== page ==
SECURING AIRCRAFT ASHORE
The parking areas on air stations are usually
equipped with tie-down pad eyes, which are sunk into
the surface of the concrete aprons on the "line." One
end of the tie-down chains or securing line assemblies
are attached to the aircraft tie-down fittings, and the
other end is secured to the pad eyes and properly
When you are securing aircraft with manila
line, leave sufficient slack for shrinkage that
occurs when the line becomes wet.
NOTE: Most aircraft are equipped with their own
special securing accessory equipment, such as intake,
exhaust, canopy, and external flight instrument covers,
propeller or rotor blade restraints and tie-downs, flight
control and landing gear lock pins, etc.
The fundamental rules for securing aircraft ashore
are as follows:
Direct or locate the aircraft to a protected spot.
Park the aircraft into the wind if possible.
Place chocks both in front of and behind each
main landing gear wheel.
Ground the aircraft.
Place all controls in neutral position and lock
Tie the aircraft down.
Install the protective covers.
Secure propellers and rotor blades as required
Ensure brakes are set.
Do not install intake or exhaust engine covers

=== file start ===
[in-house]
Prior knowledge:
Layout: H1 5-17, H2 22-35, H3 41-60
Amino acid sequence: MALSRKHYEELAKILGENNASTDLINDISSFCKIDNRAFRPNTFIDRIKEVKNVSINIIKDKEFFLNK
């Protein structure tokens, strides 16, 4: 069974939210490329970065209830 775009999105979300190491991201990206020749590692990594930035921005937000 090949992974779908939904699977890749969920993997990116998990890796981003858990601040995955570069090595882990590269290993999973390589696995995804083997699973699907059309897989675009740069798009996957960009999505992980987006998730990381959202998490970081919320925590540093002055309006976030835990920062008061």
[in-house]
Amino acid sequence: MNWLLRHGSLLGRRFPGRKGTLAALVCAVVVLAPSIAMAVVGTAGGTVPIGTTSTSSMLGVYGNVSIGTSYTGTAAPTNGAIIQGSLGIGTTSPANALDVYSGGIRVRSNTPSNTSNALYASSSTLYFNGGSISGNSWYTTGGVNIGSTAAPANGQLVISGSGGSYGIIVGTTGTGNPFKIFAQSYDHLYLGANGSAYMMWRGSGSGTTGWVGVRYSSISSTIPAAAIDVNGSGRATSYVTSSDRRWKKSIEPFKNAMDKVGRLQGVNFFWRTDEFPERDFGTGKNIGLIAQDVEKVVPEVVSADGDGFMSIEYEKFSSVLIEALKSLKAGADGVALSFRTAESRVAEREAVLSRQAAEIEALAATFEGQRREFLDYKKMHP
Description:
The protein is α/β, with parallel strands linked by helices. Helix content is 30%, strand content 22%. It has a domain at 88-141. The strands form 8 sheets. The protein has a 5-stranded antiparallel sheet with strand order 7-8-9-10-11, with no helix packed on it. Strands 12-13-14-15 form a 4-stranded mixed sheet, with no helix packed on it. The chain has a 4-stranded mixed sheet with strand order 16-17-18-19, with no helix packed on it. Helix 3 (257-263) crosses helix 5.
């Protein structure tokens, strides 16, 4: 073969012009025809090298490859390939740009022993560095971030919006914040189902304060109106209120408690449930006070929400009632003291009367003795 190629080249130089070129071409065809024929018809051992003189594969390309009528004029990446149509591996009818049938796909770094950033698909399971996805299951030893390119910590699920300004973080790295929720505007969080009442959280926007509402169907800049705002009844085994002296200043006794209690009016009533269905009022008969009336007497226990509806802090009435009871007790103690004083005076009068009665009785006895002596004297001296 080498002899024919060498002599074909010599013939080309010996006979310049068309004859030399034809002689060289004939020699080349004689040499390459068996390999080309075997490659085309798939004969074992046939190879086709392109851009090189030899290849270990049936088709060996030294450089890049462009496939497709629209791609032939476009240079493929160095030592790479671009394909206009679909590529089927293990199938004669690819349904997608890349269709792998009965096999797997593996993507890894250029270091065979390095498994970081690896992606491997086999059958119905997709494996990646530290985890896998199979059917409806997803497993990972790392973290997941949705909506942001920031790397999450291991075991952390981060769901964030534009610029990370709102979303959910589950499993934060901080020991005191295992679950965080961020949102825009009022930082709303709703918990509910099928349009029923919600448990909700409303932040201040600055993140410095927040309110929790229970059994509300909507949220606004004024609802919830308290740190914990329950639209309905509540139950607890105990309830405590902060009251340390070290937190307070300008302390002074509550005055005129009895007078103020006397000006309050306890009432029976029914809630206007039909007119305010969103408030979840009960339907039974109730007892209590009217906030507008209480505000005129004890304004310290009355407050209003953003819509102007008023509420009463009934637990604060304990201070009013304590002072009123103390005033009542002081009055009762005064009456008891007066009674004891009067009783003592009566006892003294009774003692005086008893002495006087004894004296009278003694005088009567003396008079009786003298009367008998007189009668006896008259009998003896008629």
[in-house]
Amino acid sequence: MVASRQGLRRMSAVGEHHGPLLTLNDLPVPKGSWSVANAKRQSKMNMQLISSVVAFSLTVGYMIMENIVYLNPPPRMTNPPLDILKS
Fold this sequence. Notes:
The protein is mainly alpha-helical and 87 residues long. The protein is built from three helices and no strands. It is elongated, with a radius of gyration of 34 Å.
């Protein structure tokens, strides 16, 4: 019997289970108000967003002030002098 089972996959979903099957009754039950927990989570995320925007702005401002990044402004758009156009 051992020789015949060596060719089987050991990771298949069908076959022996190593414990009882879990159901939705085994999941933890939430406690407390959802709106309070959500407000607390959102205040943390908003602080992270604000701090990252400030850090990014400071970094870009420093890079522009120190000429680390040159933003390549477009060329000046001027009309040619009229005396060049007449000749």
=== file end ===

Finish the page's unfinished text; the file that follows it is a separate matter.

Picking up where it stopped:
when the engine is hot.
When high winds threaten, move the aircraft inside
the hangar if possible. If not, ensure tie-downs or lines
and anchorages are doubled and control surfaces are
secured with battens.
Multiengine aircraft are usually tied down at six
points. These points are the landing gear, the tail, and
each wing. Detailed information concerning securing a
particular aircraft may be found in the "General
Information and Servicing" section of the MIM.
Q10-15. On air stations ashore, what is the area called
where a particular group of aircraft is spotted
Q10-16. What is the purpose of color coding flight line
Q10-17. Why should sufficient slack be left in manila
line when used for securing aircraft?
helicopter handling signals, activities, securing
procedures, and general safety precautions.
Helicopters are used on CV/(N)/LHD/LHA/LPH/
LPD type vessels. They are also used on destroyers, fast
frigates, replenishing ships, cruisers, and, of course,
There are areas that differ between
handling fixed-wing aircraft and helicopters. Unique
flight characteristics and aircraft operation require
special handling procedures.
HELICOPTER TIE-DOWN AND SECURING
With the exception of the main rotor blade
procedures are similar to those for conventional
Tie-downs for the main rotor blades are used to
prevent damage that might be caused by gusty and
turbulent wind conditions when the blades are in a
spread position. This type of tie-down usually consists
of a canvas boot with an attached length of manila line;
however, some helicopter rotor blades have special
fittings and attachment accessories to accomplish this
The canvas boot is placed over the tip of the rotor
blade, and the boot line is then secured either to a deck
fitting or to an aircraft fitting on the helicopter itself.
NOTE: Rotor blade securing lines should be taut
enough to hold the blades without applying excessive
bending force. Check lines for security and shrinkage
when wet, and readjust lines when required.